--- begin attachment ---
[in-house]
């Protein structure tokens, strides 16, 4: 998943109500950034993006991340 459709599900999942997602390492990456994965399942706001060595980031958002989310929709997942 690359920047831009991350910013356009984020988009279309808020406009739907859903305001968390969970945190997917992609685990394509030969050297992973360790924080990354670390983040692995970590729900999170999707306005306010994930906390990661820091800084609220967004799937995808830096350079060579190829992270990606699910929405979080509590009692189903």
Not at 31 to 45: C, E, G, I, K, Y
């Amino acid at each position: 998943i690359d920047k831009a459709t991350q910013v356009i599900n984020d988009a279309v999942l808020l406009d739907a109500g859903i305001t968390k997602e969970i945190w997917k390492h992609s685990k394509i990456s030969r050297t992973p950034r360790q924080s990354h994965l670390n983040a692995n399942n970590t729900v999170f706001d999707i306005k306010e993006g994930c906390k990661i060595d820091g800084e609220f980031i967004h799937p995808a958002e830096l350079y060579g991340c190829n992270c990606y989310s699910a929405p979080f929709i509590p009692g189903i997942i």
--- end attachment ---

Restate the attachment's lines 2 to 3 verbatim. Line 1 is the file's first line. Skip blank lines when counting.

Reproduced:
């Protein structure tokens, strides 16, 4: 998943109500950034993006991340 459709599900999942997602390492990456994965399942706001060595980031958002989310929709997942 690359920047831009991350910013356009984020988009279309808020406009739907859903305001968390969970945190997917992609685990394509030969050297992973360790924080990354670390983040692995970590729900999170999707306005306010994930906390990661820091800084609220967004799937995808830096350079060579190829992270990606699910929405979080509590009692189903």
Not at 31 to 45: C, E, G, I, K, Y